The Korea Herald


Yun Heung-gil completes decades-long project, ‘Tattoo’

Inspired by tradition of men getting tattoos before heading to front lines, Yun's epic delves into war and humanity during Japanese colonial period

By Hwang Dong-hee

Published : March 3, 2024 - 16:29

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Novelist Yun Heung-gil speaks during a press conference in Jung-gu, Seoul, Tuesday. (Munhakdongne Publishing) Novelist Yun Heung-gil speaks during a press conference in Jung-gu, Seoul, Tuesday. (Munhakdongne Publishing)

Acclaimed South Korean novelist Yun Heung-gil has devoted over 25 years to writing his magnum opus, an epic saga titled “Tattoo” (“Munsin” in Korean).

The 82-year-old literary luminary revealed the arduous journey of completing the five-volume work during a press conference in Jung-gu, central Seoul, Tuesday, acknowledging that he "engaged in fierce battles" to a point where he thought he could die while writing.

“I was worried whether I would be able to finish the work properly because my health was deteriorating so much during the final stages of writing.”

The epic's publisher Munhak Donge hailed "Tattoo" as Yun's lifetime masterpiece, a sentiment the novelist agreed with.

"I agree with the expression because I have put all my effort and dedication into it," said Yun.

Beyond the health challenges, the novel faced several obstacles. The literary magazine that initially serialized the work in 1989 ceased publication, followed by the shutdown of the second magazine that had picked up the serialization. Although three volumes were published in 2018, it took another five years to complete the book due to Yun's deteriorating health.

"Tattoo" by Yun Heung-gil (Munhakdongne Publishing)

Yun attributed the inspiration for his epic endeavor to the late writer Pak Kyong-ni (1926-2008), who emphasized to Yun the importance of crafting a "big work.” Pak is best known for her epic saga “Toji (The Land),” a 16-volume work that tells the story of five generations of a wealthy Korean family from South Gyeongsang Province through the end of the Joseon Dynasty, Japanese occupation and independence.

“I first thought my ‘big work’ should be a large-scale project like ‘Toji.’ So I planned ‘Munsin’ as the first part of an epic, ‘Nat’ as the second, and a final part set in Sakhalin.”

But Pak told Yun that a "big work" does not necessarily mean a large-scale work, but something that explores humanity, life and society with affection and insight. Yun changed his course upon Pak's advice. “Nat,” set 30 years after the Korean War, delves into the trauma of society, the division and healing, and was published as a standalone novel in 2005.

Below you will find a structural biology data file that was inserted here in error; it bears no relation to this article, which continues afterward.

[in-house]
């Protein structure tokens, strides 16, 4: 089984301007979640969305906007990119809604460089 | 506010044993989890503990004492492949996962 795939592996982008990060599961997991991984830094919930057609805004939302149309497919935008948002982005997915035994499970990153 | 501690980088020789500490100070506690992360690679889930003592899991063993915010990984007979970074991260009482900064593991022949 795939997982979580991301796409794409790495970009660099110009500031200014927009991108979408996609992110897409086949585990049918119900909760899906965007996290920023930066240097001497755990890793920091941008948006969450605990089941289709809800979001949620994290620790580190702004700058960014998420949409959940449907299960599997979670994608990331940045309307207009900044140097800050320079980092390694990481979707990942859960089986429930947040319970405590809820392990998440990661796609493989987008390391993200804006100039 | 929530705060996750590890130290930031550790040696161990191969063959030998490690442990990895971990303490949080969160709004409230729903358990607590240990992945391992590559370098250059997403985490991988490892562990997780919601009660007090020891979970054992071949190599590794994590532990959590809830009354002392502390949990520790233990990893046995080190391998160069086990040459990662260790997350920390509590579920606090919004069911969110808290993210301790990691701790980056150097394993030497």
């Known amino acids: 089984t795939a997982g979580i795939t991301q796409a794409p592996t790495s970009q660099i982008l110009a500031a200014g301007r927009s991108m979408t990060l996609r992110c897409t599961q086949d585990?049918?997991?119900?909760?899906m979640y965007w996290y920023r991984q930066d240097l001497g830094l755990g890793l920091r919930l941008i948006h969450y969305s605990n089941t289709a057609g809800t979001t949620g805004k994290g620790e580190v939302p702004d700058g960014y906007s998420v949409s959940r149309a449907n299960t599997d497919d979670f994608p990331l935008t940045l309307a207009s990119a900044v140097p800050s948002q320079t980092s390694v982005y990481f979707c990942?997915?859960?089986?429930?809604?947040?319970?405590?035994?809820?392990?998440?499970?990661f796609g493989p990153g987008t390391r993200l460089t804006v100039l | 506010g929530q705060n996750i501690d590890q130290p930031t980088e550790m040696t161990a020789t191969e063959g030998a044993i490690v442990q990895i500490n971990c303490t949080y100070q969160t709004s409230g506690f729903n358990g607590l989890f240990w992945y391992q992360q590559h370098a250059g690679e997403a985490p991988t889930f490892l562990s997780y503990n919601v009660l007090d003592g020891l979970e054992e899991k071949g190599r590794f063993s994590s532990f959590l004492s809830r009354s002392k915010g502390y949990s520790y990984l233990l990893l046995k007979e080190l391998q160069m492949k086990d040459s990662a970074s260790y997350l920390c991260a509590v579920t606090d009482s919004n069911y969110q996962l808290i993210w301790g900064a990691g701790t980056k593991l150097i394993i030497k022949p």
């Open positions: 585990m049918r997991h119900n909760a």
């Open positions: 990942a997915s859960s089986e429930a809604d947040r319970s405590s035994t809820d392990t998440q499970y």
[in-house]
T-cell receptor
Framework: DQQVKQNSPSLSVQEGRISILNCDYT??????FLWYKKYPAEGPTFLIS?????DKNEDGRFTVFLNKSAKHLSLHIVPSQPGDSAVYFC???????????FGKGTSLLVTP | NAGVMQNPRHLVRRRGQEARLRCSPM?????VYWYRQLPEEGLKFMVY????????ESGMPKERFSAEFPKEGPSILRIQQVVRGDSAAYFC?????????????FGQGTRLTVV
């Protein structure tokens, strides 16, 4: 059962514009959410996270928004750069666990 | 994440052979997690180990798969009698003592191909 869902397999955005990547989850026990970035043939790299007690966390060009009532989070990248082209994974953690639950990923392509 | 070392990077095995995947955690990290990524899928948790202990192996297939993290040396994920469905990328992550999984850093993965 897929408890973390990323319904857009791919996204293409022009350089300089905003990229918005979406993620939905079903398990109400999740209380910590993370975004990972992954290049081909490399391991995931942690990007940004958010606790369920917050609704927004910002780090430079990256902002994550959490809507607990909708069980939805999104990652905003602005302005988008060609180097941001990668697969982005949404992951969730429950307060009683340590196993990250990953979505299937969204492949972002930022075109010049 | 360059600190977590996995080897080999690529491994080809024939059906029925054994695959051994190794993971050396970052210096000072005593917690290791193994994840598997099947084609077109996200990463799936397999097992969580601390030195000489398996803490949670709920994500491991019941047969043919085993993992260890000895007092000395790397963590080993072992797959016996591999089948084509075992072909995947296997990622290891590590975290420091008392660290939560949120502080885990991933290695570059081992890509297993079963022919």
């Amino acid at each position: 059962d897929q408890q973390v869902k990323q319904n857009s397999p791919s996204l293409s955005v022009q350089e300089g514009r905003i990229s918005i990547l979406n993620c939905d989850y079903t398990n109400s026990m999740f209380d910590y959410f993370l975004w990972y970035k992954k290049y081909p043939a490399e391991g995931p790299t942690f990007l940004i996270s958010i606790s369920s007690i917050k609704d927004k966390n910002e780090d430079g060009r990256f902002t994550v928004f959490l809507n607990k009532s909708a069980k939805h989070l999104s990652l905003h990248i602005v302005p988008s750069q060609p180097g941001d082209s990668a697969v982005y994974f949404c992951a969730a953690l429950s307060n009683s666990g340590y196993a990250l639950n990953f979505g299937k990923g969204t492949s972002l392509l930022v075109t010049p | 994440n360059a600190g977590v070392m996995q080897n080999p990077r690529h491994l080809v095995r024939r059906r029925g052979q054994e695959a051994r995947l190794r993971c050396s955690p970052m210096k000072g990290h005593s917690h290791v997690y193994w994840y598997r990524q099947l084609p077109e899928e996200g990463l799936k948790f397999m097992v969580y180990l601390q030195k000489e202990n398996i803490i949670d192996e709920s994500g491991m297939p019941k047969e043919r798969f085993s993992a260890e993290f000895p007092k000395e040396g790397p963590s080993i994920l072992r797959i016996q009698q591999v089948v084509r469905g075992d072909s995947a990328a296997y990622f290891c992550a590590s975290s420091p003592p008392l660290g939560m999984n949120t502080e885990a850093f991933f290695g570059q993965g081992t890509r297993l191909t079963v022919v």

Novelist Yun Heung-gil speaks during a press conference in Jung-gu, Seoul, Tuesday. (Yonhap) Novelist Yun Heung-gil speaks during a press conference in Jung-gu, Seoul, Tuesday. (Yonhap)

Set in the Japanese colonial period, “Tattoo” is about the conflicting beliefs, desires and struggles of a family living through the challenging times of forced labor. The novel unfolds through various characters navigating the cruel and chaotic period, delving into themes of humanity and war.

The title "Tattoo" draws from the traditional practice of men tattooing their bodies before heading to war, symbolizing the desire to return to their families, which is the central motif of the story.

“(In my childhood), I often saw my older friends tattooing their names on their arms or shoulders before being sent to the frontlines (during the Korean War). At the time, I didn’t know what it was and later found out that it was part of soldiers’ tradition called ‘bubyeongjaja.’”

Yun added that he intended the book to be unkind to its readers.

He omitted sentence particles and altered the word order to mimic the rhythm of pansori, or traditional Korean narrative song. Dialogues are presented in the dialect of the Jeolla Provinces, adding another layer of complexity.

"Previously, I wrote my works considering readability. Now, with my age, I think I have a limited opportunity to write more work. So I decided to write unkindly. For me, it was a meaningful task, and I am happy about it because it became my distinctive style."

Completing a decades-long project, Yun emphasized the inseparable connection between his life and writing.

"I think I am a person whose life can be sustained only by writing. Every time I finish a work, the moment I write ‘The End’ at the end of the manuscript is the most exciting, most thrilling moment. That’s when my life is fulfilled."

While calling "Tattoo" his masterpiece, Yun sees it not as a conclusion but as part of a continuing journey.

“I do believe this work is my masterpiece, but it doesn’t end with that. I am 82 years old, but I am planning my next novel. Until that is published, ‘Munsin’ shall stand as the masterpiece of my lifetime.”

Yun's works include textbook staples such as “The Rainy Spell” (“Jangma” in Korean), “Armband” (“Wanjang”) and “The Man Who Was Left as Nine Pairs of Shoes.” His works have been published in English, French, Spanish, German, Japanese, Chinese and other languages.